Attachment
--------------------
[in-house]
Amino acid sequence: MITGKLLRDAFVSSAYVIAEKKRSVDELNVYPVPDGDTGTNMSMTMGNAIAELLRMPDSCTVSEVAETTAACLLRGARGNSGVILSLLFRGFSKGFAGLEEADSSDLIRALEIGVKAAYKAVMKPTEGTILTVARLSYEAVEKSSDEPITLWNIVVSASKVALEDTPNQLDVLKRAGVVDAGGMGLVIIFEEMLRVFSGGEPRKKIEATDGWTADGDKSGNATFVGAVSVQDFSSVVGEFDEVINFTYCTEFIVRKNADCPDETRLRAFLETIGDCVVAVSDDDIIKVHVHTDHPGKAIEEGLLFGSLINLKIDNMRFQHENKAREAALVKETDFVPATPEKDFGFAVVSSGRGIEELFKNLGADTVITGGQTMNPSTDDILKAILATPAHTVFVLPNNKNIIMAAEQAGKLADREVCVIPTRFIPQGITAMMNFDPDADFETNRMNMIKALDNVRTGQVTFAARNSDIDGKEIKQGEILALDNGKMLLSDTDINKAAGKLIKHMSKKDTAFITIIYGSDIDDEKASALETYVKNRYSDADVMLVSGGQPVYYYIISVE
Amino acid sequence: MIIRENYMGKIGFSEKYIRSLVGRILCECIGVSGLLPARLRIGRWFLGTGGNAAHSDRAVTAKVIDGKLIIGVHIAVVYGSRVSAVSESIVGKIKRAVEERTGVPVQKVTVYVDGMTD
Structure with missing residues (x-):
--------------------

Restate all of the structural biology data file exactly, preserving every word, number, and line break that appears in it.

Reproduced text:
[in-house]
Amino acid sequence: MITGKLLRDAFVSSAYVIAEKKRSVDELNVYPVPDGDTGTNMSMTMGNAIAELLRMPDSCTVSEVAETTAACLLRGARGNSGVILSLLFRGFSKGFAGLEEADSSDLIRALEIGVKAAYKAVMKPTEGTILTVARLSYEAVEKSSDEPITLWNIVVSASKVALEDTPNQLDVLKRAGVVDAGGMGLVIIFEEMLRVFSGGEPRKKIEATDGWTADGDKSGNATFVGAVSVQDFSSVVGEFDEVINFTYCTEFIVRKNADCPDETRLRAFLETIGDCVVAVSDDDIIKVHVHTDHPGKAIEEGLLFGSLINLKIDNMRFQHENKAREAALVKETDFVPATPEKDFGFAVVSSGRGIEELFKNLGADTVITGGQTMNPSTDDILKAILATPAHTVFVLPNNKNIIMAAEQAGKLADREVCVIPTRFIPQGITAMMNFDPDADFETNRMNMIKALDNVRTGQVTFAARNSDIDGKEIKQGEILALDNGKMLLSDTDINKAAGKLIKHMSKKDTAFITIIYGSDIDDEKASALETYVKNRYSDADVMLVSGGQPVYYYIISVE
Amino acid sequence: MIIRENYMGKIGFSEKYIRSLVGRILCECIGVSGLLPARLRIGRWFLGTGGNAAHSDRAVTAKVIDGKLIIGVHIAVVYGSRVSAVSESIVGKIKRAVEERTGVPVQKVTVYVDGMTD
Structure with missing residues (x-):